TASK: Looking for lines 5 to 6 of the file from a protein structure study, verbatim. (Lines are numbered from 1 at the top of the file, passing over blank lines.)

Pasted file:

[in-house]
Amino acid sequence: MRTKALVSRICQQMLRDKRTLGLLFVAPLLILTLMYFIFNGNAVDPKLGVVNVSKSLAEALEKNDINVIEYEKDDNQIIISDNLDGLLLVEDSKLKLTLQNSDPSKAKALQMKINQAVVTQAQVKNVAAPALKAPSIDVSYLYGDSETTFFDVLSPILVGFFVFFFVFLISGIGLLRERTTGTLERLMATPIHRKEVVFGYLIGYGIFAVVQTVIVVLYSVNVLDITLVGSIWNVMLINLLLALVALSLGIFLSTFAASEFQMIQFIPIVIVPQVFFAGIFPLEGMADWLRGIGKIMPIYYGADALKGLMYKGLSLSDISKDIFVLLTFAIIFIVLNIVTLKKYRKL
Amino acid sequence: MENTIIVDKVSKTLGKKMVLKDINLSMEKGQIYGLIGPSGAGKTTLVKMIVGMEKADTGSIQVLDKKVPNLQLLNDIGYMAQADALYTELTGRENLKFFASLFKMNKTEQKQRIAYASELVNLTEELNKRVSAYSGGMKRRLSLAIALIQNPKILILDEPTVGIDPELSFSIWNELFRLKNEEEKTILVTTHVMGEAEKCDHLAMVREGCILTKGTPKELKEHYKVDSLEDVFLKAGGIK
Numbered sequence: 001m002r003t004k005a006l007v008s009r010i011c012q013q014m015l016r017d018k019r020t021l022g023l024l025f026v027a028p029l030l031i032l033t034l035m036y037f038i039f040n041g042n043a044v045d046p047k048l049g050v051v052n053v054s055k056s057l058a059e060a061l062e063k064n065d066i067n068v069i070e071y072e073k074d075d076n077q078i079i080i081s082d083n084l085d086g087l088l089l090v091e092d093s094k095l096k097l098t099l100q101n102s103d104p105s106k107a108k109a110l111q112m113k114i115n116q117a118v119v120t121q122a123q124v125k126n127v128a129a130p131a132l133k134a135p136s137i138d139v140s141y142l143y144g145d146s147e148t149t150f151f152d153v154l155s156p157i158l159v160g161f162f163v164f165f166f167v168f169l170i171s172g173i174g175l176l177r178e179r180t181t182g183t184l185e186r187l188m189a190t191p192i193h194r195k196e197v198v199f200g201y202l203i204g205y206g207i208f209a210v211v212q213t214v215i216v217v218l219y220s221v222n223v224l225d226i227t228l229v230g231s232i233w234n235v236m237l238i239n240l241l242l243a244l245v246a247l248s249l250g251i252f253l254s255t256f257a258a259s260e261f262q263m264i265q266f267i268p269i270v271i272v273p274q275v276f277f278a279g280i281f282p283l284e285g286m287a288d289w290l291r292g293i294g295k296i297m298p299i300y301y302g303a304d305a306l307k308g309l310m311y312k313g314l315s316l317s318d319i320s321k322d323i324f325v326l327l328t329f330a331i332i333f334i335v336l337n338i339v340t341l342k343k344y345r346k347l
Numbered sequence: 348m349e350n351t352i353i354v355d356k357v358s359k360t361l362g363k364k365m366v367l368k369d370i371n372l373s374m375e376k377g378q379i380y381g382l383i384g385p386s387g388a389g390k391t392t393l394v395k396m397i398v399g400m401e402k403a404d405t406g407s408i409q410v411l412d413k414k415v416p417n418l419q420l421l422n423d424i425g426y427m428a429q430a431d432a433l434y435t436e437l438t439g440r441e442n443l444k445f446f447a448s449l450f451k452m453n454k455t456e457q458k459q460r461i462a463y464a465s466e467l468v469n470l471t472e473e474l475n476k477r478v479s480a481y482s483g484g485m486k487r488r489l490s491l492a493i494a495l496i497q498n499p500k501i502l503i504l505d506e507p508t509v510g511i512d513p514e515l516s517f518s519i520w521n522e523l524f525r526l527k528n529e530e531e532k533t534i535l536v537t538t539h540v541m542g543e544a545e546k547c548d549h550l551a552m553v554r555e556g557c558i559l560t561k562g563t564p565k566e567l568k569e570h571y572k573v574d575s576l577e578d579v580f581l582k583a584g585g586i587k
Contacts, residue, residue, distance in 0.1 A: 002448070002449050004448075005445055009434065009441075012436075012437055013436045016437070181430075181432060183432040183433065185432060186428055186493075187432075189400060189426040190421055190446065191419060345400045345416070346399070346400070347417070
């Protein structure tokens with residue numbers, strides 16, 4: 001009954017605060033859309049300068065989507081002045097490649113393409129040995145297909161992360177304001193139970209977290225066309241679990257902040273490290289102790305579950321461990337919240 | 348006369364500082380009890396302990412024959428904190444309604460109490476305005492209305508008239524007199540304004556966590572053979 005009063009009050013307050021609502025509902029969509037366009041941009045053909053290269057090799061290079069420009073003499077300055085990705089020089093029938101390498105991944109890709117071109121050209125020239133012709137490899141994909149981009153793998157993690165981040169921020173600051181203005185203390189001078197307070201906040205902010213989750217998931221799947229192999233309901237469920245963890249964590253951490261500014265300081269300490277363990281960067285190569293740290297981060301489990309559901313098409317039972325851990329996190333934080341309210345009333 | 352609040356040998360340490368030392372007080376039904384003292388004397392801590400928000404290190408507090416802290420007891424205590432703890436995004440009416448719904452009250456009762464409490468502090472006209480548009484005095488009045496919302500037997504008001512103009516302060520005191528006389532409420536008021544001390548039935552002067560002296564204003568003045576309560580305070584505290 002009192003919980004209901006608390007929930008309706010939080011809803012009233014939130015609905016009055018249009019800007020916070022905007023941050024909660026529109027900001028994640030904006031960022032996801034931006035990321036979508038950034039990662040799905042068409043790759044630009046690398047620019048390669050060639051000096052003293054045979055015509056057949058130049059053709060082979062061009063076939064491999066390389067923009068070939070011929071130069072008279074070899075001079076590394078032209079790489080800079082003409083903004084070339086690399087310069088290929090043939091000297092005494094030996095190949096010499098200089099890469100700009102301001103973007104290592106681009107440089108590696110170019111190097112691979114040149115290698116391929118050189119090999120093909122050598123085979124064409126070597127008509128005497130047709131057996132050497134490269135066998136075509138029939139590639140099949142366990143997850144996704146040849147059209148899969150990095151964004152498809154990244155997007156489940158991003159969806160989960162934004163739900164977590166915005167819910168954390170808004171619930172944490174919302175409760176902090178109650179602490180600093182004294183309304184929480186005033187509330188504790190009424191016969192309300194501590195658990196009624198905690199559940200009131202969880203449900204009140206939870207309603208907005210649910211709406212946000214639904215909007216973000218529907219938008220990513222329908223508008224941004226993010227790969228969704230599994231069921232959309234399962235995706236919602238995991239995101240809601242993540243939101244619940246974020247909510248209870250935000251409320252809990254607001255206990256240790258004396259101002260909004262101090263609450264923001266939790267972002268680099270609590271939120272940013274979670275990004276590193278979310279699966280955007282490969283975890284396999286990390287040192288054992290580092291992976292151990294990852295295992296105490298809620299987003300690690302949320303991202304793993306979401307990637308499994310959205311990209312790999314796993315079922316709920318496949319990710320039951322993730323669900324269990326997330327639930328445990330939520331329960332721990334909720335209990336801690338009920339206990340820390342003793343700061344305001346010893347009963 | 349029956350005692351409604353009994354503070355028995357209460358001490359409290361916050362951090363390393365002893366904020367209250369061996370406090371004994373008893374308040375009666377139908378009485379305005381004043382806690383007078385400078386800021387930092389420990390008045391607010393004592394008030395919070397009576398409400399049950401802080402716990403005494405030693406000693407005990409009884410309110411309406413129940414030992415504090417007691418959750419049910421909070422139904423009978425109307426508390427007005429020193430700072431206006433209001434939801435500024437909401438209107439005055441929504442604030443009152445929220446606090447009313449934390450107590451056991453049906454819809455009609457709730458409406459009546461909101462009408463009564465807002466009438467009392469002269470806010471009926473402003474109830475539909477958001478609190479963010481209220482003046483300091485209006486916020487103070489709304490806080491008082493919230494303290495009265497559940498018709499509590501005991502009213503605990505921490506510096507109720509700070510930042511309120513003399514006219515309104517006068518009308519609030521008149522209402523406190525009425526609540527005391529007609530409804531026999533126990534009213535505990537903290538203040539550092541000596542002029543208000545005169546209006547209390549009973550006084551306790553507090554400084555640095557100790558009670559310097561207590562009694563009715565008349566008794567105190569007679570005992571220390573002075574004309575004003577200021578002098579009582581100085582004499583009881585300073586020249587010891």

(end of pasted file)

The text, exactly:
Numbered sequence: 348m349e350n351t352i353i354v355d356k357v358s359k360t361l362g363k364k365m366v367l368k369d370i371n372l373s374m375e376k377g378q379i380y381g382l383i384g385p386s387g388a389g390k391t392t393l394v395k396m397i398v399g400m401e402k403a404d405t406g407s408i409q410v411l412d413k414k415v416p417n418l419q420l421l422n423d424i425g426y427m428a429q430a431d432a433l434y435t436e437l438t439g440r441e442n443l444k445f446f447a448s449l450f451k452m453n454k455t456e457q458k459q460r461i462a463y464a465s466e467l468v469n470l471t472e473e474l475n476k477r478v479s480a481y482s483g484g485m486k487r488r489l490s491l492a493i494a495l496i497q498n499p500k501i502l503i504l505d506e507p508t509v510g511i512d513p514e515l516s517f518s519i520w521n522e523l524f525r526l527k528n529e530e531e532k533t534i535l536v537t538t539h540v541m542g543e544a545e546k547c548d549h550l551a552m553v554r555e556g557c558i559l560t561k562g563t564p565k566e567l568k569e570h571y572k573v574d575s576l577e578d579v580f581l582k583a584g585g586i587k
Contacts, residue, residue, distance in 0.1 A: 002448070002449050004448075005445055009434065009441075012436075012437055013436045016437070181430075181432060183432040183433065185432060186428055186493075187432075189400060189426040190421055190446065191419060345400045345416070346399070346400070347417070